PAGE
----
By Raymie Kiernan
Downloading PDF. Please wait... Issue 2539

Richest 0.01 percent dodge more tax as children fall into ‘stark’ poverty

This article is over 7 years, 4 months old
Issue 2539
The super rich spend their super wealth on super yachts
The super rich spend their super wealth on super yachts (Pic: Richard Lewis/flikr)

Britain’s super rich have dodged £1 billion more in tax since the Tories set up a new HM Revenue & Customs (HMRC) unit in 2009 to make them pay more tax.

But the income tax paid by everyone else rose by £23 billion over the same period.

The wealth of the richest has soared alongside the growth of food banks and a big drop in working class living standards.

This grotesque fact of Tory Britain was revealed last week by a Westminster Public Accounts Committee report.

These “high net worth individuals”—around 6,200 fat cats with £20 million or more—represent less than 0.01 percent of Britain’s population.


Yet the committee found it “alarming that HMRC has around one third of these individuals under enquiry at any one time.” Last year alone those investigations had a “value of around £1.9 billion extra tax revenue that might be due”.

The tax revelations came days before the Royal College of Paediatrics and Child Health released its landmark State of Child Health report.

It was a further indictment of Tory rule, “with those from the most deprived backgrounds experiencing much worse health compared with the most affluent.”

The report said, “Children living in our wealthiest areas have health outcomes that match the best in the world. But the gaps between the rich and the poor are stark, and some of the outcomes amongst our deprived groups are amongst the worst in the developed world.”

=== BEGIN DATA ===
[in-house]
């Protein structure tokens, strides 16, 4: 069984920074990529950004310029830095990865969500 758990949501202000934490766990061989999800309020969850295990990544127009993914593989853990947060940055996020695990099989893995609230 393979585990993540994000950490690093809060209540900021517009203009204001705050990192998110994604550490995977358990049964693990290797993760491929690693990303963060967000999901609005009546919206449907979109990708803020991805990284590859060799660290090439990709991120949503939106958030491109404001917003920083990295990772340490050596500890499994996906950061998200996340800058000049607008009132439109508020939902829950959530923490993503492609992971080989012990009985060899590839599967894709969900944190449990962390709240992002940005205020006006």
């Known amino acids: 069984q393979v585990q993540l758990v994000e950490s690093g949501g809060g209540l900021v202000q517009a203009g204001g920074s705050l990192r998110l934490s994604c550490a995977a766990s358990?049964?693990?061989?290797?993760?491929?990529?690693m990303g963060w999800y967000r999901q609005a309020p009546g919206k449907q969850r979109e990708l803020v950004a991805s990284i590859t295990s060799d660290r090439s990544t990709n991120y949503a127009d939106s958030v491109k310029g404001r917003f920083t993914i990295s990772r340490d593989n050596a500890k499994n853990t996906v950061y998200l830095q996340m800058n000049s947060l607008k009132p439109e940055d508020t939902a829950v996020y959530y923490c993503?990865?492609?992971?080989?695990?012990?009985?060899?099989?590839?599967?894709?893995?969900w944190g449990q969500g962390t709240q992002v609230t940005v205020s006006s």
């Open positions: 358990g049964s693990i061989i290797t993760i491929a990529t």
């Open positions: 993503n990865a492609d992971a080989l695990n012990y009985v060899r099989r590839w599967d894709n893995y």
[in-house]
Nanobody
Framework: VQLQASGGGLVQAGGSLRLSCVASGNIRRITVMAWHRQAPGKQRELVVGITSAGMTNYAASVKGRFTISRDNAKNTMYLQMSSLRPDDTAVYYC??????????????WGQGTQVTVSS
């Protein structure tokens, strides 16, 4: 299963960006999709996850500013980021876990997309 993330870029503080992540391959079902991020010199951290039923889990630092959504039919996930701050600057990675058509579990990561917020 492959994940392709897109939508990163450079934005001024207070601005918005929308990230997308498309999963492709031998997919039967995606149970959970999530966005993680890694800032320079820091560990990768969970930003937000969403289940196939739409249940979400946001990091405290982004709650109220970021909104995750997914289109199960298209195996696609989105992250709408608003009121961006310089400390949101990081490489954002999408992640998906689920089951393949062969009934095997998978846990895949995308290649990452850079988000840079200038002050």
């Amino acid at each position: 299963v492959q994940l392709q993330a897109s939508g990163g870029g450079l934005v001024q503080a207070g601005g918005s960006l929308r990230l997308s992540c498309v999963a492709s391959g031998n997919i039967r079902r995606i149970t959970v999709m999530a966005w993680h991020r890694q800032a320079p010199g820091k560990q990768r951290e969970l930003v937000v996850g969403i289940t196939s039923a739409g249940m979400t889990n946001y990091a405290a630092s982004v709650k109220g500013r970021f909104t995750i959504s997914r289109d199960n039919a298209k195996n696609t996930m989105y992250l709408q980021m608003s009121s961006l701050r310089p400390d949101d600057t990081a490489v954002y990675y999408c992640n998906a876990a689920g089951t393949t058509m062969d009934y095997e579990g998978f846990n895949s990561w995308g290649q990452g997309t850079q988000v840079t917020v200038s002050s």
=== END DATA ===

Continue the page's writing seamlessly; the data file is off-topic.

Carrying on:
It said “stark inequalities” have widened in the last five years.

In a failed attempt to hide the impact of their brutal austerity on the poor, the Tories tried to drop household income as a measure of child poverty 18 months ago.

Since 2010 the number of children in absolute poverty has increased by half a million.

And as a direct result of Tory tax and benefit changes since 2010, the number of children in relative poverty will have risen from 2.3 to 3.6 million by 2020. This is before housing costs are factored in.


Childcare and housing are two of the costs that take the biggest toll on families’ budgets. After childcare costs, a further 130,000 children are pushed into poverty.

Some 28 percent of children live in poverty. And the Tory lie that work is the solution to poverty is smashed by the fact that 68 percent of them have at least one parent in work.

So while the Tories have harassed the poor and disabled, and slashed public services, they have allowed the richest to dodge even more tax that could fund our services.

The fat cats should be made to pay for their own crisis.


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